Montreal Steak Seasoning
I've tried several copy cat recipes but without success. The oily ingredient is missing from the seasoning. Has anyone come up with a reasonable facsimile for Montreal Steak Seasoning ?
I'd certainly be interested to hear. It crops up in a number of US cookbooks I have and it's not something that appears to be available in the UK and I have no idea at all what it tastes like. Anyone give me a clue, please?
Mine lists: salt (I'm sure it's coarse ground), dehydrated garlic, black pepper (again, coarse ground),dehydrated onion, red pepper, and "spices". I've heard there's dill in there. Now I'm examing it (!) and I see some kind of seed too...caraway? It's very coarse looking, not fine at all. And I don't see or smell any dill, but then this is Durkee.
This seems to be the popular clone recipe:
4 tablespoons salt
1 tablespoon black pepper
1 tablespoon dehydrated onion
1/2 tablespoon dehydrated garlic
1/2 tablespoon crushed red pepper
1/2 tablespoon dried thyme
1/2 tablespoon dried rosemary
1/2 tablespoon dried fennel
Mix together and store in a shaker.
Shake or rub 1 tablespoon seasoning onto steaks, pork chops or hamburgers before grilling.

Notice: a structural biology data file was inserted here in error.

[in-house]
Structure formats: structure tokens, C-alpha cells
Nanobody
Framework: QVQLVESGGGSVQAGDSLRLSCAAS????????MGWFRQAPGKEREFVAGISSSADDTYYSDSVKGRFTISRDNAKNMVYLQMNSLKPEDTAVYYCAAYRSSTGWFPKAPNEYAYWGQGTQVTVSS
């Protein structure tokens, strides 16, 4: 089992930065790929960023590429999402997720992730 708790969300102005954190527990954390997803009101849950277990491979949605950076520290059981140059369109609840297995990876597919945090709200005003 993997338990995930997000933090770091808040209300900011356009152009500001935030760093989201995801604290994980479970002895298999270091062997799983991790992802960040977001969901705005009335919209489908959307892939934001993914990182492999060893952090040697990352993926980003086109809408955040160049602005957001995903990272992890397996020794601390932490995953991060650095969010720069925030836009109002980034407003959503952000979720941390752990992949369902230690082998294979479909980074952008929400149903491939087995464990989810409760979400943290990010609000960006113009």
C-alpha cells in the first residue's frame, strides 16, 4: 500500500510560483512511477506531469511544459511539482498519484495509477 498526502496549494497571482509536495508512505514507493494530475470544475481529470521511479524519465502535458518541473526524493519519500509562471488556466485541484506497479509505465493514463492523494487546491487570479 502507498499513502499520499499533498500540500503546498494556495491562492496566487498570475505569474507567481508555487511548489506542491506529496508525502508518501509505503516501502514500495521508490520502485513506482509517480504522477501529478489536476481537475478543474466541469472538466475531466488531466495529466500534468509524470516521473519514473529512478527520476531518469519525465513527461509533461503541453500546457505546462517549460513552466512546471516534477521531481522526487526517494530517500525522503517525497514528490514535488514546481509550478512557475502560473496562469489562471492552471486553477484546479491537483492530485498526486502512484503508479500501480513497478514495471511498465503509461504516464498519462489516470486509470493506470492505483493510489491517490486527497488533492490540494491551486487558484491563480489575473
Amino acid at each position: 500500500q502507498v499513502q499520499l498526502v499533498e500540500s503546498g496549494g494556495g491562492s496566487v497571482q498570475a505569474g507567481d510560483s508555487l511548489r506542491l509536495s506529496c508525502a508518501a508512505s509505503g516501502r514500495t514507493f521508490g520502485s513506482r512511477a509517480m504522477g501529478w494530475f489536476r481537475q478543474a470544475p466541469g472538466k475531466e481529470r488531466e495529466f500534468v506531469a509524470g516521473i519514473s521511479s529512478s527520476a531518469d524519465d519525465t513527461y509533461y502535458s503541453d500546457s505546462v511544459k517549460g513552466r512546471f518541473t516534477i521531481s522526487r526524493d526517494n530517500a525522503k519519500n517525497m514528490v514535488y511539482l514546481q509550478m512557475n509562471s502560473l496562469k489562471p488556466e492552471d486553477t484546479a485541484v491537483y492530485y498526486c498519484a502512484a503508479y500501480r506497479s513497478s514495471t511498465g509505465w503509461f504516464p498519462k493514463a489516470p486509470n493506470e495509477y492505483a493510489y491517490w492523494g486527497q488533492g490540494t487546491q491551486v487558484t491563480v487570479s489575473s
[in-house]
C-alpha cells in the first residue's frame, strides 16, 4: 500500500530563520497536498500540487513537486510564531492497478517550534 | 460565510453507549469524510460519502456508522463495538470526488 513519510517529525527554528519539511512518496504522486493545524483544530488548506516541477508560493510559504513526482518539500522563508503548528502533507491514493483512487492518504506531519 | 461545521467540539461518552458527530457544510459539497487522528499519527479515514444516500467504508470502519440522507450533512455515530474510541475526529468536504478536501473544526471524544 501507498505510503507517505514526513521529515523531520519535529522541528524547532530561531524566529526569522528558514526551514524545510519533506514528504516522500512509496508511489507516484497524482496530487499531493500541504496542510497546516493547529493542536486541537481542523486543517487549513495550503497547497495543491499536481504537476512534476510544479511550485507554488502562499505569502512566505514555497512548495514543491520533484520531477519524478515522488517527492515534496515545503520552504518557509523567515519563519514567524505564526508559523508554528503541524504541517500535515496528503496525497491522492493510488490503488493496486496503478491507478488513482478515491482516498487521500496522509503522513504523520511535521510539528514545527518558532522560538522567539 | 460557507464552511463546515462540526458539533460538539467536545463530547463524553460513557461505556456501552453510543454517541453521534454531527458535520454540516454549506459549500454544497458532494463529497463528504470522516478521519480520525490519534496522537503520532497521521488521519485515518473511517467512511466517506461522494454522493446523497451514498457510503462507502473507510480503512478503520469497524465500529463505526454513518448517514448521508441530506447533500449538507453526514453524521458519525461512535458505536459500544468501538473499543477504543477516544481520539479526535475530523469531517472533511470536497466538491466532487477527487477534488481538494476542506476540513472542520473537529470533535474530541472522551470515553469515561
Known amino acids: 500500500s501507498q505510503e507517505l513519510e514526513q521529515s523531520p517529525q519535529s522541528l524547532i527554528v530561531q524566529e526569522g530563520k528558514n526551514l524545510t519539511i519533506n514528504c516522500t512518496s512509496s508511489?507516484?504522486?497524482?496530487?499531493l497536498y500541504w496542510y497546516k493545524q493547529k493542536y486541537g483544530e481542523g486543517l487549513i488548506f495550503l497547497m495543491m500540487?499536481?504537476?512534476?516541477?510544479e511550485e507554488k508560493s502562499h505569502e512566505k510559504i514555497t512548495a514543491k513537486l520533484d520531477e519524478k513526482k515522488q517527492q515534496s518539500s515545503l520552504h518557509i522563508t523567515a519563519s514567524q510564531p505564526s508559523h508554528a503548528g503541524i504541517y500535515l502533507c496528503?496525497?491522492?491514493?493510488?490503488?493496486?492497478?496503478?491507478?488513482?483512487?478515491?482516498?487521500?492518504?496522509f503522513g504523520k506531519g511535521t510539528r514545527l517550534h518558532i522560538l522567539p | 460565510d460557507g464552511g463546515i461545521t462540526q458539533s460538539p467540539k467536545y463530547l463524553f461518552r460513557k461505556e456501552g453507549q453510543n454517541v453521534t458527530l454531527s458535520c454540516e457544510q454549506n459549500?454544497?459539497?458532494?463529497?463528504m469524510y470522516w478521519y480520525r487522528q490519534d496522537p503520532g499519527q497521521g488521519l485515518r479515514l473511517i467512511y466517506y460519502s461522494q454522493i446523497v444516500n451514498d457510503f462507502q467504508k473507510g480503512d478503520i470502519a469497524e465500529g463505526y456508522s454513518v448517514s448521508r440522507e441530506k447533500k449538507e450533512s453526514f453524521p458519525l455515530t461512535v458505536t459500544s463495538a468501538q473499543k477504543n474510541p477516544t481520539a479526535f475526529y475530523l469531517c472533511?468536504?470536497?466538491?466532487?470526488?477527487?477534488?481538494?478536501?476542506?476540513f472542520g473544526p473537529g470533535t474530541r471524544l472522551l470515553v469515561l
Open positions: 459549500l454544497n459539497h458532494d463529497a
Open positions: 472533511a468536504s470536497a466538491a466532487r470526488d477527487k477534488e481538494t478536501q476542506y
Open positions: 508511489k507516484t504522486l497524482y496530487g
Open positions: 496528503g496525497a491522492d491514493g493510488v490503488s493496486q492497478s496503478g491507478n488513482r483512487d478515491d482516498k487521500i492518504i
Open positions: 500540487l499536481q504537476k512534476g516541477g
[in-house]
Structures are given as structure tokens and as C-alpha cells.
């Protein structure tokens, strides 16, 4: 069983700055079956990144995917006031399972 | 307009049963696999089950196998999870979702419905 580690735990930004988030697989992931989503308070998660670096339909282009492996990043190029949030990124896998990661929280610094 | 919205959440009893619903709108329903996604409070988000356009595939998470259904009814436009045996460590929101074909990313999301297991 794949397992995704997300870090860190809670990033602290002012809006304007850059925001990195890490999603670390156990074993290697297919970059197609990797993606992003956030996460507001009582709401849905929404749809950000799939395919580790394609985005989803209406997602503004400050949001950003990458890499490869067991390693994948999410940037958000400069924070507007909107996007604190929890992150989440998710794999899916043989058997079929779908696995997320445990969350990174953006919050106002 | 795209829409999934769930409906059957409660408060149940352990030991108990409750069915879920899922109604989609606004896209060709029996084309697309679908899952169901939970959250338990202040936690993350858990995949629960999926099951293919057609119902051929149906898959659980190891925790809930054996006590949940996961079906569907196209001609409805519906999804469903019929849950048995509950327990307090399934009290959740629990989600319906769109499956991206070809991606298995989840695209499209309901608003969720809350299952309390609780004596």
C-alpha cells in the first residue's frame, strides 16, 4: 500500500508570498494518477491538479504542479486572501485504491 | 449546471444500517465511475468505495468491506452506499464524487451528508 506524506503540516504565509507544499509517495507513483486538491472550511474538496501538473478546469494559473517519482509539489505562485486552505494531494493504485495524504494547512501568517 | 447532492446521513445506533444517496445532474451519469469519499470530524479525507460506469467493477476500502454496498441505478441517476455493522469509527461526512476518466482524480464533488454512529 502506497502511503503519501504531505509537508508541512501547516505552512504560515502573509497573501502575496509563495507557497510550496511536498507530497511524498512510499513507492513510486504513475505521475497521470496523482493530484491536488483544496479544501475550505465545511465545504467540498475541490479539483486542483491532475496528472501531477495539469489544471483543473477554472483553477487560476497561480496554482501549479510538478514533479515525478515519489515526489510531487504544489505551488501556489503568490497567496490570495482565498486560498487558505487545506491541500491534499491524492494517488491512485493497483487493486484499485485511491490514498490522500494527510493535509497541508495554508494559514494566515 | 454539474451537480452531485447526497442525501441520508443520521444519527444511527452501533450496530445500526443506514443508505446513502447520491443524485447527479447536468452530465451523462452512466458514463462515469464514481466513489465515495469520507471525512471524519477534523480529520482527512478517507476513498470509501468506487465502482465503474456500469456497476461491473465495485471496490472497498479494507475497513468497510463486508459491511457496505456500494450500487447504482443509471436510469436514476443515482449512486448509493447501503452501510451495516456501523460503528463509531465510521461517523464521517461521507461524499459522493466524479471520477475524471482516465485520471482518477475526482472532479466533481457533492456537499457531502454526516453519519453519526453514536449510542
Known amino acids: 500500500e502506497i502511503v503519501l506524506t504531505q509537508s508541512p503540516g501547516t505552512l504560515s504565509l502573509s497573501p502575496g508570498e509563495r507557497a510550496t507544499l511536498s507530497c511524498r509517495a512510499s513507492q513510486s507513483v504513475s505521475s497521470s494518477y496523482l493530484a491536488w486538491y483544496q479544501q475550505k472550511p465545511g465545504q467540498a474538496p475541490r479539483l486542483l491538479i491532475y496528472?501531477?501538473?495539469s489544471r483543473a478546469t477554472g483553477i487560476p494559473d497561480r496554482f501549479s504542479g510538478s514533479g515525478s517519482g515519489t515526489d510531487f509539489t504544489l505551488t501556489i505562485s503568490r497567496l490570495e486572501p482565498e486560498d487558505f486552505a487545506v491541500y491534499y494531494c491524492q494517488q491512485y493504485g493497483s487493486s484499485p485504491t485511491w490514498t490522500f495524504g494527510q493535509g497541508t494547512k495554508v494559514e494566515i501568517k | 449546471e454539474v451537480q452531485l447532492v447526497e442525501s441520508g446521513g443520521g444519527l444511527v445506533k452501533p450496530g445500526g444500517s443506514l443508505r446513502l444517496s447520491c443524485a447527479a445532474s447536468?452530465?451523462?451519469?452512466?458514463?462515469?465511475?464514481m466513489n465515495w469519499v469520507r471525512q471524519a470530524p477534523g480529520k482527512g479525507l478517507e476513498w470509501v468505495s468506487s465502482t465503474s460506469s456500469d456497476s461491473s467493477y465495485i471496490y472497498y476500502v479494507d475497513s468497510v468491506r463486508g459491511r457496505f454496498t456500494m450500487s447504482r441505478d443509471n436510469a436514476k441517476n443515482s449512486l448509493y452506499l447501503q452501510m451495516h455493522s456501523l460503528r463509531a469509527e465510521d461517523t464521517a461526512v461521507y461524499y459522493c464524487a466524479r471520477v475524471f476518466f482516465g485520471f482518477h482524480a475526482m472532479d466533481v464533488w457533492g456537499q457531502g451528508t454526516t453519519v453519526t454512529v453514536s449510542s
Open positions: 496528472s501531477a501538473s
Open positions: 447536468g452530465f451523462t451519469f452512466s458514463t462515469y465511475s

I did find another with coriander seeds. Maybe this is the one?
2 tsp California garlic powder (probably any garlic powder, not garlic salt, will do)
1 TBS plus 1 tsp coarsely ground coriander seeds
2 TBS coarse (kosher or sea) salt
1 TBS plus 1 tsp dill weed
1 TBS plus 1 tsp paprika
1 TBS plus 1 tsp crushed red pepper flakes (or cayenne pepper)
1 TBS plus 1 tsp freshly ground (coarse) black pepper
There is only one original and it is from the place which invented it: Schwartz's Deli on Blvd. St. Laurent which has been open since 1928 in Montreal. This is the website that you can order the authentic and original seasoning from: http://www.schwartzsdeli.com/index_en... McCormick's and all others are copies of this which has been a landmark deli in Montreal for over three quarters of a century. At Schwartz's it is sprinkled on rib steak, a cheap cut of meat, but it ends up with a great deal of flavor when it is served. House cut french fries accompany it with the best sour pickles in North America. (In the U. S. Mrs. Whyte's and Straub's come closest.) I've brought back "spice mix" from Schwartz's for almost thirty years. It was sometime in the early '90's that McCormicks and a couple of others decided they should copy it. Since then, Schwartz's has spawned a whole shelf full of copy cats. This is THE original. And, still, the best.
For those in New York reading this please note the page which allows you to order sour pickles: I am stating that Schwartz's has BETTER sour pickles than, say, Guss' in Manhattan. You can buy them directly from the deli.